Evaluating free menstrual products on campus: Does one size fit all?

Here’s what students think about VSG’s free menstrual product initiative.

The red packaging of a free menstrual pad

Singular pads in red cardboard packaging are dispensed from the Aunt Flow machines, as photographed Oct. 12, 2021. (Hustler Staff/Oghosa Omobude)

Aashi Gurijala and Oghosa Omobude

On average, individuals who menstruate spend $6,360 on menstrual products during their lifetime, a study by OnePoll, conducted on behalf of Intimina, found.

Indeed, menstruation is a pricey guest, made all the more difficult with issues of affordability and access. Starting on Sept. 3, Vanderbilt Student Government (VSG) began to implement the first tier of its new initiative to provide free menstrual products in select bathrooms around campus. The dispensers were installed in various female, gender neutral and male bathrooms for maximum inclusivity and student reach. 

Now, students can walk into select bathrooms in Sarratt Student Center, Buttrick Hall or the Commons Center among other locations around campus and choose from pads and tampons, free of charge. With the semester at its halfway point, we decided to check in with students to hear their thoughts on the new dispensers.

Sophomore Ruth Aklilu noted that there are many benefits to the free menstrual products. 

“I especially like the convenience of it and the ease of access. I also love the fact that they are cotton products which means that they are healthier and better for the environment as well,” Aklilu said. “The only downside that I see is that it’s one-size-fits-all. I wish that there was more variety for different students with different flow types.” 

Currently, the Aunt Flow dispensers provide only one size of pads—with wings and red cardboard packaging—and a single size of tampons with cardboard applicators and white packaging. Commercial menstruation products are known to come in a wide variety of sizing and personalization options to cater to as many flow types as possible, and the limited offering of the initiative may alienate some students that feel the provided products are not adequate for their flow. However, seeing as this is only the first tier of the implementation, this oversight could perhaps be rectified in the forthcoming third tier, where any “gaps in coverage” will be addressed, per the VSG proposal. Student concerns also extended to the accessibility of the products in various campus buildings.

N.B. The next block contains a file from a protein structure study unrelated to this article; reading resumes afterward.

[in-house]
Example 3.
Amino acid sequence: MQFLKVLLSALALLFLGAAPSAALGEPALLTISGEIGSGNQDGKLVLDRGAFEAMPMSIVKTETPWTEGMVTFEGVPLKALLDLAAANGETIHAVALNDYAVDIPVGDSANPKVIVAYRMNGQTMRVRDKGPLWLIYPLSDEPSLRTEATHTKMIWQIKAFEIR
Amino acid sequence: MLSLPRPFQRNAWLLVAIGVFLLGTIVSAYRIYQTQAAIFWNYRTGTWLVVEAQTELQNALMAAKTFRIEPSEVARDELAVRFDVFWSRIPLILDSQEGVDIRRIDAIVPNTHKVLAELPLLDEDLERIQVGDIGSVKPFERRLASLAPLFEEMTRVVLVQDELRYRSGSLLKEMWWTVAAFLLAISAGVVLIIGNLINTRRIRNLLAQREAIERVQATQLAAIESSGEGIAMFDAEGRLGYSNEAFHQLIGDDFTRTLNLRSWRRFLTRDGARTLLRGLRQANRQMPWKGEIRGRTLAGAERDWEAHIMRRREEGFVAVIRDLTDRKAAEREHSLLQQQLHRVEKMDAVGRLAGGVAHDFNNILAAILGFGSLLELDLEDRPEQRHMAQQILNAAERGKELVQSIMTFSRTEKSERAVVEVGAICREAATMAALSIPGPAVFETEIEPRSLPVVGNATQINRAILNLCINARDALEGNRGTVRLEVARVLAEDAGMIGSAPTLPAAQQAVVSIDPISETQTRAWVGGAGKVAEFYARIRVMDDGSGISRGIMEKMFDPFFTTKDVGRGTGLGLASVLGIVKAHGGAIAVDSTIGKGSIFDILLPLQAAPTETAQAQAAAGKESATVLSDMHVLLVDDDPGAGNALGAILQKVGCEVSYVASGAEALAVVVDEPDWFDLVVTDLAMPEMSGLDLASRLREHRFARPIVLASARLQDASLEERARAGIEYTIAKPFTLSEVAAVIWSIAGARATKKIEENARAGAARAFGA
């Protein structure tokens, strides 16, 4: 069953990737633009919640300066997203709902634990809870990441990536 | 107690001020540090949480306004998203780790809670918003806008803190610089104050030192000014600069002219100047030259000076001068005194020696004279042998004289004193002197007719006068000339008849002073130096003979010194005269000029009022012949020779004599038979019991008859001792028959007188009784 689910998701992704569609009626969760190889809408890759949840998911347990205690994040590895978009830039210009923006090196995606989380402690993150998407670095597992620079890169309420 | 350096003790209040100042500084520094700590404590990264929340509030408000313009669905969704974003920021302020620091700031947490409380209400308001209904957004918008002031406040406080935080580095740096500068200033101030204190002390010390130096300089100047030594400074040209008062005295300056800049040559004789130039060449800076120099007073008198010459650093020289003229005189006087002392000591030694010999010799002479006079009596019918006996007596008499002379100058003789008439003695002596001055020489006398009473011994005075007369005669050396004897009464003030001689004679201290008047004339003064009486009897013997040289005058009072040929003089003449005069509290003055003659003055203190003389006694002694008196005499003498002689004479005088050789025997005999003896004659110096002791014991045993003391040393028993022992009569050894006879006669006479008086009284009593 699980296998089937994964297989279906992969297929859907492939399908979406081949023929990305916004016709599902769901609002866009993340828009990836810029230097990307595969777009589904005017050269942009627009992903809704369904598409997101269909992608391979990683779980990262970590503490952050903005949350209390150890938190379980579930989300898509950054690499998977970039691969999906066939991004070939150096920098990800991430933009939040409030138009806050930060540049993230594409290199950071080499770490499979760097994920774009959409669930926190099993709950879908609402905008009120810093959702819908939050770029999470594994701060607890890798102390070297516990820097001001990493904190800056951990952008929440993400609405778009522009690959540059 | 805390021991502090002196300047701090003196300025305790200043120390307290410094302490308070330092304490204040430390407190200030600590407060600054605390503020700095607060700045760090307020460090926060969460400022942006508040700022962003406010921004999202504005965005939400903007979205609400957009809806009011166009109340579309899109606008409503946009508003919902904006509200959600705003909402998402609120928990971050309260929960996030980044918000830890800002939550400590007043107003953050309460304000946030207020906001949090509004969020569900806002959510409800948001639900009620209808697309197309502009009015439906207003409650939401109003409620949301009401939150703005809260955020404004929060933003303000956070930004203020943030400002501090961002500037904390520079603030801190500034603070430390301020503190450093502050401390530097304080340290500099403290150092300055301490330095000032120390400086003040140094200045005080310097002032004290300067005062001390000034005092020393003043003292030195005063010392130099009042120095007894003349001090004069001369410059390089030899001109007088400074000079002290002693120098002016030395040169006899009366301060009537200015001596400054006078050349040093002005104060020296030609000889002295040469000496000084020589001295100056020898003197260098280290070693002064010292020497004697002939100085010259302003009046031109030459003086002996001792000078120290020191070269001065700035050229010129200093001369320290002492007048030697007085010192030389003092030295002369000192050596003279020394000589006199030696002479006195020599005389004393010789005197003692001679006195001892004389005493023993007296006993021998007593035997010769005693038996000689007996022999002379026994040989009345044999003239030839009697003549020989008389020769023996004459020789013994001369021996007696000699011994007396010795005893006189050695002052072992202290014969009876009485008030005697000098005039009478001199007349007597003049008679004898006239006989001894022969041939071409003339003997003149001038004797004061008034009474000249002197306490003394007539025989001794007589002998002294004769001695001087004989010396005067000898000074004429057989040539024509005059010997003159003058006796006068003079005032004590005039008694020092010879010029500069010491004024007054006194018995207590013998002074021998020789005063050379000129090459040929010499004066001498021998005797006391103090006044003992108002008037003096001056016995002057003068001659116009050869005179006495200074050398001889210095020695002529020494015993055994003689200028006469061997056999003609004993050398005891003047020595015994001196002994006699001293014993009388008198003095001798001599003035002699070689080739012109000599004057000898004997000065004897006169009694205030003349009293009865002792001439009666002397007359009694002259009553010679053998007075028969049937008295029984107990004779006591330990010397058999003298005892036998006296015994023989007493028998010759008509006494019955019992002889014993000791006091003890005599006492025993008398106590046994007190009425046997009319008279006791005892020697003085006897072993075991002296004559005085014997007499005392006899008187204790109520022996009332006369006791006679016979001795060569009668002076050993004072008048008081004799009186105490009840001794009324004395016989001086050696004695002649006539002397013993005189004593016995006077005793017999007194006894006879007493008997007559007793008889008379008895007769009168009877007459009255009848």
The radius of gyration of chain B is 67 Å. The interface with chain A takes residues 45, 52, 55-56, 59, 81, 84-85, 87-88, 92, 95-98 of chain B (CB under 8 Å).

One of the free menstrual product dispensers in Saratt Student Center
Aunt Flow product dispensers can be found in locations across Vanderbilt’s campus such as bathrooms in Sarratt Student Center, as photographed on Oct. 13, 2021. (Hustler Staff/Oghosa Omobude)

“I like the menstrual products in the bathrooms,”senior Breeann Wallace said. “I actually had to use some this past week and was pleasantly surprised. It made me consider getting cotton ones myself. I know they’re not available in McGill—they’re available in the academic buildings—but if they could be available in more of the residential halls, that would be great.”

Fortunately, this limitation will not last for long. The second tier of the initiative plans to expand its reach to the Divinity School, Alumni Hall, Peabody Library, The Wond’ry, Wilson Hall, Student Life Center, Kissam, E. Bronson Ingram and Zeppos, per the proposal. 

Notably, the menstrual products are available in some of the men’s bathrooms as well as the women’s. Though not all students interviewed had a strong opinion on the subject, several were proud of the initiative’s inclusive mindset and role in increasing convenience for the student body unilaterally.

“I think it’s really cool that it’s accessible to all genders because it’s usually something that you only find in a woman’s bathroom,” first-year Zander Shwartz said. “The fact that it’s in a man’s bathroom means that those who identify as non-binary but still use the men’s room have access to it. Even if cis men don’t use it, it’s still good that it’s there.” 

Other students also lauded the initiative’s inclusivity.

“I think that it’s great that there are menstrual products in the men’s bathroom,” first-year Lydia Rasetti said. “If someone identifies as male and still has a period it’s important to have access to that. It’s important that everyone feels comfortable in their facilities.”

This positive feedback demonstrates the initiative’s success at embracing the student diversity present on campus and making the menstrual products accessible to everyone who may need them. 

As this rollout is only the first tier of the three step initiative, the permanence of the program is not guaranteed. To some, free menstruation products seem like a necessary no-brainer, while others are not as convinced of their necessity. So how important is it that Aunt Flow stays?

“It’s a good thing for sure, but it’s also really eye-opening,” sophomore Gayatri Aluri said in a message to The Hustler.

 “I never realized how much we missed out on what should’ve been provided for us all along. Menstruation is as natural as blinking, so as long as taboos against reproduction exist, the dispensers are just a step in the right direction, not a solution.”

Vanderbilt strives to be a diverse and accommodating institution, and this proposal from VSG aids in accomplishing that. As students communicated, the menstrual product initiative is working ethically to close gaps in student experiences on campus and address problems of accessibility that could otherwise prove detrimental to progress—but a few tweaks are needed for the initiative to reach its full potential.